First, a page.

For most people turning 65 or older and leaving the workforce means it’s time to enroll in Medicare. In this blog we’ll take a closer look at Medicare Supplement and Medicare Advantage plans.
Medicare Supplement and Medicare Advantage
For most people turning 65, it’s time to choose a Medicare supplement (Medigap) or Medicare Advantage policy.
Both of these options are private insurance solutions that serve a very similar purpose: To help you cover the cost of healthcare in retirement.
But each of these options takes a very different approach to providing that coverage.
Each has advantages and disadvantages.
But which one is best?
The answer, as usual, depends on your individual needs, budget, and circumstances.
In this comprehensive guide, let’s break down the pros and cons of Medigap and Medicare Advantage.
We’ll also discuss a lesser known third option – a non-insurance-based health sharing alternative to Medigap coverage called Medi-Share 65+. And in the process, we’ll help you decide which of these options best fits your needs.
What Are Medicare Advantage and Medicare Supplement Plans?
Before we dive into the specifics, let’s clarify what these two types of plans are:
- Medicare Supplement (Medigap): These are standardized insurance policies offered by private insurance companies, work in conjunction with Original Medicare to help cover costs like co-payments, co-insurance, and deductibles.
If you choose Medigap, you will remain in Original Medicare, which consists of Medicare Part A (hospital insurance) and Part B (physicians’ charges, lab fees, durable medical equipment, etc.)Both of these parts of Medicare have deductibles and coinsurance. When you have a Medigap policy, your policy will help you pay some or all of your coinsurance and deductibles under Medicare Parts A and B.
- Medicare Advantage (Part C): These are all-in-one alternatives to Original Medicare, also offered by Medicare-approved private insurance carriers. They cover Parts A, Part B, , and usually Medicare Part D (Prescription Drugs).
If you choose Medicare Advantage, you are no longer directly in Original Medicare. Instead, you effectively opt to access your Medicare benefits via a managed care plan through Medicare Part C.
You Don’t Need Both
You don’t need to enroll in both Medicare Supplement and Medicare Advantage. It’s one or the other. In fact, it’s illegal for an insurance agent to try to sell you both plans at the same time.
The only time you should be enrolled in both is when you’re switching from one plan to another, and you intend to immediately drop your old plan as soon as your new one becomes effective.
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Medicare Advantage (Part C): Advantages and Disadvantages
Advantages of Medicare Advantage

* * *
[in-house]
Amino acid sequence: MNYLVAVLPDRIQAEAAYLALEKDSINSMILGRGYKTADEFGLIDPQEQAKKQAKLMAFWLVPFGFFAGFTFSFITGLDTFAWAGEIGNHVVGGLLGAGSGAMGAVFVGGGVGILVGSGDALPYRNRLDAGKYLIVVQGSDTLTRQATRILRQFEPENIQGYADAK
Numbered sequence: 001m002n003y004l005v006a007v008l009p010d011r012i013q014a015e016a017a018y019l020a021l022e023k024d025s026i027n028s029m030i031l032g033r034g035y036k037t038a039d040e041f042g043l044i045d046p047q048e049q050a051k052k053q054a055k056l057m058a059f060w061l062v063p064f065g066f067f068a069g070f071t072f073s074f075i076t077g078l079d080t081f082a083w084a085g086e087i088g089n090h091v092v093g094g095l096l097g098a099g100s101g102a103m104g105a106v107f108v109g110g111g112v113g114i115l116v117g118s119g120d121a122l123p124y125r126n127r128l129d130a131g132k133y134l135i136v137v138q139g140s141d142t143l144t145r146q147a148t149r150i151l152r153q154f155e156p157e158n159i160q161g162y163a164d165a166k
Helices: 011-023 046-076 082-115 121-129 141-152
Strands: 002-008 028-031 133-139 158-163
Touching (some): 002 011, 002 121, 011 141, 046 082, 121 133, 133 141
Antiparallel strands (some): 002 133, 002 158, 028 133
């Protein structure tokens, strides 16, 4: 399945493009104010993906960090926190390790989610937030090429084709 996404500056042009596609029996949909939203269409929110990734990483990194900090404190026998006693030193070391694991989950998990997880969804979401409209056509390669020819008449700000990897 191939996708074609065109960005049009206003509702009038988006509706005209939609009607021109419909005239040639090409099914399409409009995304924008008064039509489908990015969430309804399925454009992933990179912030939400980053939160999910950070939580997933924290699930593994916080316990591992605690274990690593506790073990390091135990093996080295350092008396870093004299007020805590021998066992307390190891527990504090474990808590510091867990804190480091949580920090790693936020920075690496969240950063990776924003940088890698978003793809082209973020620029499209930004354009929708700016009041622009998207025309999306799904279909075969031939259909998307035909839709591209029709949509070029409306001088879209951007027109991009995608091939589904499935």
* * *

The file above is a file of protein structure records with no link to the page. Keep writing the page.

- All-in-One Coverage: Most Medicare Advantage plans offer hospital, medical, and prescription drug coverage all under one roof, making it a one-stop-shop for all your healthcare needs. In contrast, Medigap plans do not include prescription drug coverage. You would have to buy a separate Medicare Part D policy to cover your prescription drugs. This would require an additional monthly premium.
- Special Needs Plans. Under Medicare Advantage, you can opt for a Special Needs Plan, or SNP. These are tailored plans designed for individuals with specific needs, such as chronic health conditions, institutional care needs, or dual eligibility for both Medicare and Medicaid. Medigap does not have Special Needs Plans or any rough equivalent.
- Broader Range of Benefits: Medicare Advantage plans often include perks not covered by Original Medicare, like vision, dental, and hearing coverage, and even gym memberships in some cases. Some Medicare Advantage plans also include supplemental benefits like personal assistance, meal assistance, non-medical transportation, home accessibility modifications, and other benefits. Medicare Advantage carriers are continuing to innovate, coming up with new benefits to differentiate themselves from competing plans. Medigap plans, in contrast, are much more standardized, with little room for innovation.
- Cost-Savings: Most Medicare Advantage plans offer lower monthly premiums compared to the combined costs of Original Medicare and a Medigap plan. Many Medicare Advantage plans are available with zero premium, depending on your location.
- Out-of-Pocket Maximum: Medicare Advantage plans have an out-of-pocket maximum, which can protect you from hefty medical bills in case of a serious health event.
- Medicare MSA plans. These are a tax-advantaged way for you to accumulate cash to pay tax-free for healthcare in retirement. MSAs are similar to health savings accounts, except they are only available via a Medicare Advantage plan, and your Medicare Advantage plan funds the accounts, not you. You can use your MSA assets with any provider. You aren’t limited to your plan’s network. An additional benefit of MSAs is that they give you a tax-advantaged way to pay premiums for long-term care insurance.
Disadvantages of Medicare Advantage
- Limited Networks: Medicare Advantage plans are managed care plans – HMOs and PPOs that often have a restricted network of healthcare providers you can visit at the in-network cost.
- Restrictions on HMOs require a referral from your primary care physician to see a specialist, which can be cumbersome.
- Geographic Limitations: Because many Medicare Advantage managed care plans rely on regional networks, coverage may be limited if you travel frequently, or have residences in multiple states.
Medigap: Advantages and Disadvantages
- Choose your own doctors and hospitals: Medigap plans allow you to visit any healthcare provider that accepts Medicare, without needing a referral. There are no limited care networks to worry about, and no regional concerns. Your Medigap plan benefits will work anywhere in the U.S.